Archival Science

, Volume 12, Issue 4, pp 437–460 | Cite as

Genre systems and “keeping track” in everyday life

  • Pamela J. McKenzieEmail author
  • Elisabeth Davies
Original Paper


Keeping track of what needs to be done and where and when and by whom is a common practice in Canadian households. The documentary tools used to coordinate the work of keeping track in everyday life are the focus of this paper. We consider these documentary tools as belonging to genres. On the basis of four in-depth interviews, observation, and photography, we identify four genres common to all participants: check-ins or status reports, lists, reminders, and calendars. We map examples of these genres to show that they are socially and intertextually connected—in genre systems—with institutions and organizations beyond the home. Archivists have much to gain by applying the concept of genre-as-social-action and using ethnographic methods to study personal records from the creator’s perspective. Such approaches provide insight into the contexts within which personal records are created and used, including the intertextual linkages between personal and institutional recordkeeping.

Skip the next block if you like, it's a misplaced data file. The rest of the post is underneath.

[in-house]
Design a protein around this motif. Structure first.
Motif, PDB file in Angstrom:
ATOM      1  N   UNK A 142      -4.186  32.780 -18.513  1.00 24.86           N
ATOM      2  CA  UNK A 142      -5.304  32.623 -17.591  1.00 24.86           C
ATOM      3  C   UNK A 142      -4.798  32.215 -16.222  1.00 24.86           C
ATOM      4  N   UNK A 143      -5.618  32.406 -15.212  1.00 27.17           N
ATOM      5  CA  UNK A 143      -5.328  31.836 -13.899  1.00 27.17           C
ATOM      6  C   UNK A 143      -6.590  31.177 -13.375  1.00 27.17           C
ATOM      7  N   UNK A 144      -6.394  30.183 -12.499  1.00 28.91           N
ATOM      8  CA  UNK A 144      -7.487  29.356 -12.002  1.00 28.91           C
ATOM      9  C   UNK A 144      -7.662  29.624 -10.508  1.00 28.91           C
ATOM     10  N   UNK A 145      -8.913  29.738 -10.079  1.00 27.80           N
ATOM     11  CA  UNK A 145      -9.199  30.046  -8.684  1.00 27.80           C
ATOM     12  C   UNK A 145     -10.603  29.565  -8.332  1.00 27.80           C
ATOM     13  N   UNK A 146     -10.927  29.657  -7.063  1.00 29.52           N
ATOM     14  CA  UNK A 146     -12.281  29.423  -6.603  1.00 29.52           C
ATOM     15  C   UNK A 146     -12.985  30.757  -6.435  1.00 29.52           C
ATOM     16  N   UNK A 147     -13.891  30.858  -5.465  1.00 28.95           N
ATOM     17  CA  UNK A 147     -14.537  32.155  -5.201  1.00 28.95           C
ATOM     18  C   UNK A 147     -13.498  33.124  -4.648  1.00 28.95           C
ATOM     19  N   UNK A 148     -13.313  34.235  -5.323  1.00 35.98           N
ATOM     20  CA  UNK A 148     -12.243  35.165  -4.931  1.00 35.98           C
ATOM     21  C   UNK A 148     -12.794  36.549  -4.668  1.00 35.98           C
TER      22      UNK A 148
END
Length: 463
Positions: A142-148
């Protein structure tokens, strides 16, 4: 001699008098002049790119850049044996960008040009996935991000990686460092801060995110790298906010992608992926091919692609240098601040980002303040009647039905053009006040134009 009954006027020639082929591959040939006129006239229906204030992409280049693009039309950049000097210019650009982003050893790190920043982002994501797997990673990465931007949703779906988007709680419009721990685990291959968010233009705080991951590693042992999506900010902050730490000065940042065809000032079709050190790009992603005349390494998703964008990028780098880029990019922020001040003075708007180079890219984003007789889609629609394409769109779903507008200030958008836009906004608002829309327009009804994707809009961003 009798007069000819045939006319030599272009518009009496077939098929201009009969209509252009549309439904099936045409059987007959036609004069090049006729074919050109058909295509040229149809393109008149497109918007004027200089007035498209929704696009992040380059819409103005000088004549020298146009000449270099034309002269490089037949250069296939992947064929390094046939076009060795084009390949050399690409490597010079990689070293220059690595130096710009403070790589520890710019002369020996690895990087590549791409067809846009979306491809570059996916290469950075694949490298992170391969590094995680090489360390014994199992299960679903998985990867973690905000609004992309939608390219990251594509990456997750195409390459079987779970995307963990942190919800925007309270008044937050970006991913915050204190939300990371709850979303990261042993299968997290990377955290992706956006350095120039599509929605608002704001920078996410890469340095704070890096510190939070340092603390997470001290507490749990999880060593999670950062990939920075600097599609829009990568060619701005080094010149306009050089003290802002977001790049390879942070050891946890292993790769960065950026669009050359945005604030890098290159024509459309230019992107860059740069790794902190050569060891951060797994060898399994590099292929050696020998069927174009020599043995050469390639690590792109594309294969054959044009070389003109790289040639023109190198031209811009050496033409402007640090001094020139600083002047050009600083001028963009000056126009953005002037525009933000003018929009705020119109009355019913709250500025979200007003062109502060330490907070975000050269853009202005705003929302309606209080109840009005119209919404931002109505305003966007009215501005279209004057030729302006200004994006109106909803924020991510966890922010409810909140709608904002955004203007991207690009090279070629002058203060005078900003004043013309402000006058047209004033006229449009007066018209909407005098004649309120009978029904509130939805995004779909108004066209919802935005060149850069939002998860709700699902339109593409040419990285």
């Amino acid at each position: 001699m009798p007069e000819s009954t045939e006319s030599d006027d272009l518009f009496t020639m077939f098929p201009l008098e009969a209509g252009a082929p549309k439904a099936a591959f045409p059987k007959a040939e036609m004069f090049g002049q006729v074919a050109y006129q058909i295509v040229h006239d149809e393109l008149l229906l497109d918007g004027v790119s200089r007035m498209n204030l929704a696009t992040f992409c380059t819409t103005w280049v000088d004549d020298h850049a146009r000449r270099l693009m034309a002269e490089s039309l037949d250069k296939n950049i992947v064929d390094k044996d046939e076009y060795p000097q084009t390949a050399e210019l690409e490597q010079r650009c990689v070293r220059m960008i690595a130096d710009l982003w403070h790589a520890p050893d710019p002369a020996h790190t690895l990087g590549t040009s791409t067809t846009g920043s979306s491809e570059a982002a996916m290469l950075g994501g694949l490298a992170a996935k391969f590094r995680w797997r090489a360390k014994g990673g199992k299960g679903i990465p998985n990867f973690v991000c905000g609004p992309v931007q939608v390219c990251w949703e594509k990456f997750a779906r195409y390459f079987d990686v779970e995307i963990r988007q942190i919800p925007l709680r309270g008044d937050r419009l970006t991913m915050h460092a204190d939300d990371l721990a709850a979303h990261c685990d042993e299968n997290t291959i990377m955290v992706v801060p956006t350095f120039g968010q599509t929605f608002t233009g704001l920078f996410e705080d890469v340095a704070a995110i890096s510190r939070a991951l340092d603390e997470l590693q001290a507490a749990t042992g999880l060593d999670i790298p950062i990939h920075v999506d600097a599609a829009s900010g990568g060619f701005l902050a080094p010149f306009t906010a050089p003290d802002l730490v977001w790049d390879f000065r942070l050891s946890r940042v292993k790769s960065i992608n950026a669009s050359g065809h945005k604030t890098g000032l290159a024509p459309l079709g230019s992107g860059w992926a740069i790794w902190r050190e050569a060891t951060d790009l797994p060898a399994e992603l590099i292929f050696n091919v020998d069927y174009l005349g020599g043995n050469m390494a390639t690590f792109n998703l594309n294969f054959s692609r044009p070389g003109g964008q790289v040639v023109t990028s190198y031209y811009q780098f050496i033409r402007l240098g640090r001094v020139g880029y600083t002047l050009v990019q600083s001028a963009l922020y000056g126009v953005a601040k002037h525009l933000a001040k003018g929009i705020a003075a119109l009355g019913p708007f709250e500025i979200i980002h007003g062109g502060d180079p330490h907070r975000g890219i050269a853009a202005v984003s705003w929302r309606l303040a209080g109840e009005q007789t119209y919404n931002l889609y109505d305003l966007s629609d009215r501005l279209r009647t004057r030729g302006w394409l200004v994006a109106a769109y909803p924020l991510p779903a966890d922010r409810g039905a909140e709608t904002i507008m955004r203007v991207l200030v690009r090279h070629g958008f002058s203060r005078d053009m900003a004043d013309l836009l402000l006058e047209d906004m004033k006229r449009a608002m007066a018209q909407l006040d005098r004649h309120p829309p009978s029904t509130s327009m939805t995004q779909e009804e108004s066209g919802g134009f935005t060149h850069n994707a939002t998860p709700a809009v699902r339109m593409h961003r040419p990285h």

Genres Documents Personal recordkeeping Ethnomethodology Mapping Time management 



The authors would like to thank our participants for opening their homes and genre sets to us, our research assistant Lola Wong, and the Faculty of Information and Media Studies for funding support.


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Copyright information

© Springer Science+Business Media B.V. 2012

Authors and Affiliations

  1. 1.Faculty of Information and Media StudiesThe University of Western OntarioLondonCanada
  2. 2.HalifaxCanada

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